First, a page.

Myth No. 1: If you’re not hurting, you’re not working hard enough. This myth should be self-evidently wrong, but, for some reason, it’s got a rather enduring shelf life in the mental maps of most people’s workout plans. I think it mostly comes from people who have started back exercising after a bit of a layoff.

When you start back exercising, your muscles are — naturally — going to be out of shape. Unless, of course, that shape is round, but that’s beside the point. Once we start exercising again, you’re going to get sore. That’s just a fact. The problem comes when people begin to associate being sore with having worked out. Once you’ve started getting your muscles used to being, well, used again, you should be able to move beyond soreness.

Pushing yourself to work until you’re sore does not ensure a good workout. The best way to check to make sure your workout actually helps is to wear a heart monitor. Using a heart monitor can help you to keep your heart rate somewhere between 60 and 85 percent of your maximum recommended heart rate. Keeping your heart rate in this range will allow your body to gradually improve and that’s your goal, after all.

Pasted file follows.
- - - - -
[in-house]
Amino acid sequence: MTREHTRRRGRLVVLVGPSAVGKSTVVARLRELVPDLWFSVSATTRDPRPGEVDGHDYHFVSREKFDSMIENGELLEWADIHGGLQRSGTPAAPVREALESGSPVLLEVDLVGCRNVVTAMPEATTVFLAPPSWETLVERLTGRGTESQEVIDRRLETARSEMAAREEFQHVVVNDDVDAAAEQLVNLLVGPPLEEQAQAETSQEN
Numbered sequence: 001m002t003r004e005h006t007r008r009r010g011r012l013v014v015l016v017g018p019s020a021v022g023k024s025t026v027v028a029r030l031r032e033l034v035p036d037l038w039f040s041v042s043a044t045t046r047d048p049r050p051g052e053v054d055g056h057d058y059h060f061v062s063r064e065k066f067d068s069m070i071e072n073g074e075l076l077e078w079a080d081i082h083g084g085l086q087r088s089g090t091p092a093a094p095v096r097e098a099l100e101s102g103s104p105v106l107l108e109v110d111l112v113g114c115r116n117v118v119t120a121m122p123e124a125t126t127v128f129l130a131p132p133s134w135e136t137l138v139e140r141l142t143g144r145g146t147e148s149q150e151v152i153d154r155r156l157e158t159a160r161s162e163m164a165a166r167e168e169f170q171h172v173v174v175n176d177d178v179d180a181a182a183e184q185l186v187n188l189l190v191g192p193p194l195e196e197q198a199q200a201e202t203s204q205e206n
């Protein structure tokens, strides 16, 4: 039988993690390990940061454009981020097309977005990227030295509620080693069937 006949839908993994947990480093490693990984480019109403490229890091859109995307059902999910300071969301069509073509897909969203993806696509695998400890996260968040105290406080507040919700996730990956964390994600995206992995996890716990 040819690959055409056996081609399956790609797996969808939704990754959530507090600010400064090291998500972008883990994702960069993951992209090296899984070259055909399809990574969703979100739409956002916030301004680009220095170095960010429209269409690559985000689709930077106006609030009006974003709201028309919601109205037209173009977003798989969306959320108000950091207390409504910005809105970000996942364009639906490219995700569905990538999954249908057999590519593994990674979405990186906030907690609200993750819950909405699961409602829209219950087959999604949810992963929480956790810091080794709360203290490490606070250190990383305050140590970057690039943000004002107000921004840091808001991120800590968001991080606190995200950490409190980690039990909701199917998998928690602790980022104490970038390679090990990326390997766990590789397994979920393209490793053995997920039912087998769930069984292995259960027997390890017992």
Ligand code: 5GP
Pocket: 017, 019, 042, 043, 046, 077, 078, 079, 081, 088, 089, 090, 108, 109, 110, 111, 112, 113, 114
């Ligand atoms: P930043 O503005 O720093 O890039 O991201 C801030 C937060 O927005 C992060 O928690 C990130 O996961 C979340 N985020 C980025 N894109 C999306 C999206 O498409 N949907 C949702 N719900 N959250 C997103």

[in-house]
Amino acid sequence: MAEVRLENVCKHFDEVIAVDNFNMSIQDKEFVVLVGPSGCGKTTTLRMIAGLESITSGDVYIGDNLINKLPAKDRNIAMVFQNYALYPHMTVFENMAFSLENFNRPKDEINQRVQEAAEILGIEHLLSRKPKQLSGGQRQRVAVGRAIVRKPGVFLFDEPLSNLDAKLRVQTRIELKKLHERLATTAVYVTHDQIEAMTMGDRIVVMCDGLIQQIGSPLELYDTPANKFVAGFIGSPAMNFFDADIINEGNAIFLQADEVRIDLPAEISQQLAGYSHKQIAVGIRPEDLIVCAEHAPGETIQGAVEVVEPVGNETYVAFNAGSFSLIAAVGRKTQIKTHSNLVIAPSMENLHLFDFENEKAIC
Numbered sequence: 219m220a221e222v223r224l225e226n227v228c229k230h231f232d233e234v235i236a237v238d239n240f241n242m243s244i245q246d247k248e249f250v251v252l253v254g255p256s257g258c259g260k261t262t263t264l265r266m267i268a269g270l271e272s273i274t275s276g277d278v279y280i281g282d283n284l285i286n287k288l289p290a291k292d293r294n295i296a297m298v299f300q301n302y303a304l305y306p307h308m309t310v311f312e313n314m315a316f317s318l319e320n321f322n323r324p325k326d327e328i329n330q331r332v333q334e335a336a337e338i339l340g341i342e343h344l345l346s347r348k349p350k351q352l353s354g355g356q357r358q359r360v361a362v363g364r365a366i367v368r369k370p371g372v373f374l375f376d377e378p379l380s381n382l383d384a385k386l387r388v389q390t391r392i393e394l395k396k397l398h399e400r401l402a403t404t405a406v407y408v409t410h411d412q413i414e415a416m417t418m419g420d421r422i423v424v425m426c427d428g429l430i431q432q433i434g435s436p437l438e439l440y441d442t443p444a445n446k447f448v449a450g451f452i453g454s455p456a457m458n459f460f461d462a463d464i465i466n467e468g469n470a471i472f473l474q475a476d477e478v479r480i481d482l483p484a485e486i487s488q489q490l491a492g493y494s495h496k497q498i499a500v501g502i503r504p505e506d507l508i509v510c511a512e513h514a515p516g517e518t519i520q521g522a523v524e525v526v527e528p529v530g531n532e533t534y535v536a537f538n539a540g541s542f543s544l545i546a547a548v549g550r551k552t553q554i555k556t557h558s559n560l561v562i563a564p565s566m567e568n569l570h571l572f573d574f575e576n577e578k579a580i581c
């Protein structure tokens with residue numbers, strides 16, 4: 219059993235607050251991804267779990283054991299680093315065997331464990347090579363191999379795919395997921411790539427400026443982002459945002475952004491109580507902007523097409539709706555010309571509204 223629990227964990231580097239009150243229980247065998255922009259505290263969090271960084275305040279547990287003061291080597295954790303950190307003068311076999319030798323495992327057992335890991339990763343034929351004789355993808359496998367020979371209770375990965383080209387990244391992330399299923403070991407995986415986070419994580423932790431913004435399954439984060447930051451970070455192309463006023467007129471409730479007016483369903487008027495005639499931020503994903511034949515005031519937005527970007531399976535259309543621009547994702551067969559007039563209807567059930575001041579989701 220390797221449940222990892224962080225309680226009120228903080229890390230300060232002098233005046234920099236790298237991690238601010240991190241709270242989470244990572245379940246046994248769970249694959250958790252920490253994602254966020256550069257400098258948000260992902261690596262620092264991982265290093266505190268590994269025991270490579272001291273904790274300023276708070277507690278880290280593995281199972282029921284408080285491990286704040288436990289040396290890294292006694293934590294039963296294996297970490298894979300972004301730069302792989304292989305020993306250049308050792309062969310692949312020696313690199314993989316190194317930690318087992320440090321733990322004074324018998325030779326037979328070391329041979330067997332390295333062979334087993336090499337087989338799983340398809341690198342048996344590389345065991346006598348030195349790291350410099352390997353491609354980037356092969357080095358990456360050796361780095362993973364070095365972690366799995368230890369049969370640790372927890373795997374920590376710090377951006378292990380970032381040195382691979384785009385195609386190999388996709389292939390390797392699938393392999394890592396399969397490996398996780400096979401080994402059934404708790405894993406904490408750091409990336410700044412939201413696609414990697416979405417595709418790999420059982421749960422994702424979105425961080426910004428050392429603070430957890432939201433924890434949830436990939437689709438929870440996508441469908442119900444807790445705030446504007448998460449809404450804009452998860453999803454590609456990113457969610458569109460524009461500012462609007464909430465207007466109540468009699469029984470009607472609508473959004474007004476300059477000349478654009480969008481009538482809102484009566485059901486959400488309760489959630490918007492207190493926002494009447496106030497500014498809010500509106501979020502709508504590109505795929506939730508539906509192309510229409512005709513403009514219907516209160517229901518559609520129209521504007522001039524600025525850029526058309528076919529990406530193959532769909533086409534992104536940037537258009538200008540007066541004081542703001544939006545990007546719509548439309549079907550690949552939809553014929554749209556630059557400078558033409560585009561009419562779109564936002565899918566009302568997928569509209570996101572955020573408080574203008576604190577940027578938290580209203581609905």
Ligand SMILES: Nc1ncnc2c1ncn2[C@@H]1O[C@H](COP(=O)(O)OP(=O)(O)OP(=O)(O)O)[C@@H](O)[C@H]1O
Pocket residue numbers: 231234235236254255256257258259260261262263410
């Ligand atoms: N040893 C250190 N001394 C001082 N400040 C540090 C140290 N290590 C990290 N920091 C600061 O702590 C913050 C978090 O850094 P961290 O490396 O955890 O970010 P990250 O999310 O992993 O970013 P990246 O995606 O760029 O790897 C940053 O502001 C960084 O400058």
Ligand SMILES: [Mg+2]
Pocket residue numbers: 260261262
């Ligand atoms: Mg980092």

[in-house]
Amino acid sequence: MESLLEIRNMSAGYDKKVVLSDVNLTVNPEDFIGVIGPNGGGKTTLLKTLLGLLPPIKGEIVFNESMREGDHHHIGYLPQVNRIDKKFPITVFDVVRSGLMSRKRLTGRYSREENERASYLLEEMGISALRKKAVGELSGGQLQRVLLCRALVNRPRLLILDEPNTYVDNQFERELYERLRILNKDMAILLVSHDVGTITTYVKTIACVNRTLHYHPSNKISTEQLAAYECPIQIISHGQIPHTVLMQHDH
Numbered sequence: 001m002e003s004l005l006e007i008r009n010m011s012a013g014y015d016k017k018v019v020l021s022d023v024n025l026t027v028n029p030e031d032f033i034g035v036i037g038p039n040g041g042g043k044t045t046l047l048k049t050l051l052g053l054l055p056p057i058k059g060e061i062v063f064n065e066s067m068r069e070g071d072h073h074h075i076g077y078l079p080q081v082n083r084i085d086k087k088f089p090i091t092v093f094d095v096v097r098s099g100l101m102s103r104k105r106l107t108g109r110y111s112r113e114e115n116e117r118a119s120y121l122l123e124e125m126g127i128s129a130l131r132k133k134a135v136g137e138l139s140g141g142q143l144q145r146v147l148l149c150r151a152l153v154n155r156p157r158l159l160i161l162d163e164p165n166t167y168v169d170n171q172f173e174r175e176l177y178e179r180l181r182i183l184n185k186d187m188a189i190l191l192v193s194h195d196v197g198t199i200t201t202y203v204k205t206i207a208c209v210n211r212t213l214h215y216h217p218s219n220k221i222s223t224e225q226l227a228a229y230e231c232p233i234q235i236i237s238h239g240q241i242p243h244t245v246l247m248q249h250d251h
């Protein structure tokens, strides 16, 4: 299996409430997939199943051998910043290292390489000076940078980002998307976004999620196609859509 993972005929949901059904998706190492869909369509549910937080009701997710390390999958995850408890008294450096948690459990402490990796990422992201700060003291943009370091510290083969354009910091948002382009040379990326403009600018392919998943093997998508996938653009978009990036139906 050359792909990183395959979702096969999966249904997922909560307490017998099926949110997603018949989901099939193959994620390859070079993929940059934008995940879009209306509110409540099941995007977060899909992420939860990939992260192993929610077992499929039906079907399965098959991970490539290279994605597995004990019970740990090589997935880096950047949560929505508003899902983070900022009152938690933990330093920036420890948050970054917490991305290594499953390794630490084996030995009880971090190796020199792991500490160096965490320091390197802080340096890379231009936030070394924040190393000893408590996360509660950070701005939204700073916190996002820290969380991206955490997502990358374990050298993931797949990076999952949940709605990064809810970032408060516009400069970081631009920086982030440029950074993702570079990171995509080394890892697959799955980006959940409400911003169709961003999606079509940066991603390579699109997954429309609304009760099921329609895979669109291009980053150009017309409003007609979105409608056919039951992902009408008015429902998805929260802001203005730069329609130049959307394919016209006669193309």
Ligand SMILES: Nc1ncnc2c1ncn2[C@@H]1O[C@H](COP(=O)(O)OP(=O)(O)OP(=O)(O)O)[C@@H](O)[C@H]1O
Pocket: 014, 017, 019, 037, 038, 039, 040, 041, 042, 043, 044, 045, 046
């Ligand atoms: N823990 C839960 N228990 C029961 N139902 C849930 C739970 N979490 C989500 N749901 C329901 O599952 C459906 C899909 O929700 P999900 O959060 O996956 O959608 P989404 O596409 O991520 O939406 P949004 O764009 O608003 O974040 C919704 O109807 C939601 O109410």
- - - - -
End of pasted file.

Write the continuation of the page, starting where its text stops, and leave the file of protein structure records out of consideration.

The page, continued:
As my physician father always says, “Pain is your body’s way of telling you to stop doing what you’re doing.”

Myth No. 2: Working with weights will turn you into a bodybuilder. This really isn’t true. If it were, I’d look a lot more intimidating than I do now, rather than looking like the only intimidation I do is when I stroll past a buffet and people start clutching their plates in fear I’ll steal them.

Weight training is necessary if you want to get back into shape. Using your muscles well, as you do in resistance or weight training, will make them stronger and that allows you to metabolize your food more efficiently. Try using weights in a more-reps, lower-weight cycle and you’ll find you’re getting toned, rather than bulking up.

Speaking of bulking up, don’t want to do that with this post, so I’ll have more tomorrow.